In short, we need new theories. I hope those harboring truly radical concepts start to bring them forward for real critical review. We are entering a transforming age and the very survival of our species (the times demand that sort of seeming hyperbole) may depend on new approaches to how we allocate stuff and how we judge our happiness and wealth. Bring it on. We need new and even outrageous ideas. We need tests and alternative currencies and new ways tried first by greeny hippies in Germany and neo-Fabians and Utopians in France. We need small nation currency experiments and micro-credit enterprises to innovate and allow for serious consideration of alternative models for both near and long-term consideration. We need Grameen dollars, twollers and everything else anyone can think of. We need ideas. P2P is the right space for these ideas to be treated with respectful encouragement and an occasional twinge of skepticism. Bring them on.’

3 Comments The Need for New Theories of Money

  1. AvatarDan

    Thanks for asking

    The Ingenesist Project has published a series of articles called the Next Economic Paradigm:

    In short, human knowledge is formatted as a financial instrument using social media as the operating system. Human knowledge becomes tangible outside the construct of Wall Street and inside communities. Factors of production are social capital, creative capital, and intellectual capital. Information, knowledge, and innovation are mathematical derivatives in an algorithm that defines a business method for generating value. A knowledge inventory samples knowledge assets on a bell curve for diverse communities. A percentile search engine returns the probability that combinations of knowledge assets can execute specific business objectives. Where innovation is predictable, cash flow is predictable. Where cash flows are predictable, they can be combined in diversified packets to investors. In effect, the innovation bond will become an innovation backed currency that replaces the dollar, a debt backed currency. Innovation will reflect social priorities rather than Wall Street priorities.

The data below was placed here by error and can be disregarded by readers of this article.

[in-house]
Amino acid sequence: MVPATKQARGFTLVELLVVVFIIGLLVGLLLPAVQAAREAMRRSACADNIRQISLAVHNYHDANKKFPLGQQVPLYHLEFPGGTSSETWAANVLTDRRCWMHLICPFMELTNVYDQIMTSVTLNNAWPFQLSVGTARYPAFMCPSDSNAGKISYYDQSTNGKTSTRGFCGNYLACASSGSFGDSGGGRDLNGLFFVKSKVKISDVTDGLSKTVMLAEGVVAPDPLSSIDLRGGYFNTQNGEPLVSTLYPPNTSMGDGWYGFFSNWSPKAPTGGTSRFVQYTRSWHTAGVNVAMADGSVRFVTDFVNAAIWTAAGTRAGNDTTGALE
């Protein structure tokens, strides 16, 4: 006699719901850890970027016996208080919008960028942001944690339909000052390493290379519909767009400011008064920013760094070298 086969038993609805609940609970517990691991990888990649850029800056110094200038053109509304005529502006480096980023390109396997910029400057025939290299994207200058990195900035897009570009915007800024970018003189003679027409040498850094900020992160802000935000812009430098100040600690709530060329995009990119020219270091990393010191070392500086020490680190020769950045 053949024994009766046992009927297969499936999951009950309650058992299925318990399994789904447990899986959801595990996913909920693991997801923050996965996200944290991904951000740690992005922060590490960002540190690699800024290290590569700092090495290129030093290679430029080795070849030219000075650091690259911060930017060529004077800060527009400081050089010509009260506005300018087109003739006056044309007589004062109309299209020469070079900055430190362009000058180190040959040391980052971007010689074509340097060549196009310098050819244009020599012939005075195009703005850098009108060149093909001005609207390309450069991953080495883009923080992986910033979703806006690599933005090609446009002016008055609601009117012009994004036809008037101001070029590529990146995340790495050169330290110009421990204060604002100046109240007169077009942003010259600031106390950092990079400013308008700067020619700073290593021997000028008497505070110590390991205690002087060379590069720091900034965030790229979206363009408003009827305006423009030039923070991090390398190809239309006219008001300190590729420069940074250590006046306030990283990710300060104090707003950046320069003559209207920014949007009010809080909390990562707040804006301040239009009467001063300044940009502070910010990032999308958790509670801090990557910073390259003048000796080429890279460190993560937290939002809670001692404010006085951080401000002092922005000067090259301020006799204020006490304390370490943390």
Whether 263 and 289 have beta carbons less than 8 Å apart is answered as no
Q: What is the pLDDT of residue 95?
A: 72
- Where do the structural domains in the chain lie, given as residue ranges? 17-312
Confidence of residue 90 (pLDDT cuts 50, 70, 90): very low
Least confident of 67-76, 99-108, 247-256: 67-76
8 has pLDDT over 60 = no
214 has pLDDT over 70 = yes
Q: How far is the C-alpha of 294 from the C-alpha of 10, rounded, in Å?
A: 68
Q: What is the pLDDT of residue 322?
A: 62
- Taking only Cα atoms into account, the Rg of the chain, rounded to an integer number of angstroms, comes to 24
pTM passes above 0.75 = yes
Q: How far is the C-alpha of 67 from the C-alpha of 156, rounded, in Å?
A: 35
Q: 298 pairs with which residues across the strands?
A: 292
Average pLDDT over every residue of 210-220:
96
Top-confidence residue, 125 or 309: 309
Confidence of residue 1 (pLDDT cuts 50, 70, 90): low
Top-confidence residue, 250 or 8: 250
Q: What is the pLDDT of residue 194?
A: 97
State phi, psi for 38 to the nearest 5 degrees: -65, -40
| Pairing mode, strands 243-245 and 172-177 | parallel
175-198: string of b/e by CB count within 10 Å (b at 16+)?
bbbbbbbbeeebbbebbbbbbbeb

Please don’t flame me until you’ve read the articles. Again, thanks for asking.

  2. AvatarMichel Bauwens

    Very interesting project. If you want to present it to our blog, you’re welcome to write a formal blog entry (or even a series). As this week is open money week, your particular take on currency would be especially welcome at this time.


  3. AvatarBuddha

    It’s funny I woke up thinking about this very subject this morning and after a few searches found this post. I’ve had a series of discussions with a very conservative and very bright friend of mine about money and economics. He is very classical. I tend towards more progressive thinking, but I am a bit of a hybrid.

    I’ve begun to think of money as a “virtual system”. I have not seen anyone discuss it as such. I come from a systems engineering/administration background and I tend to look at everything as system, from human interaction to money to knowledge and psychology.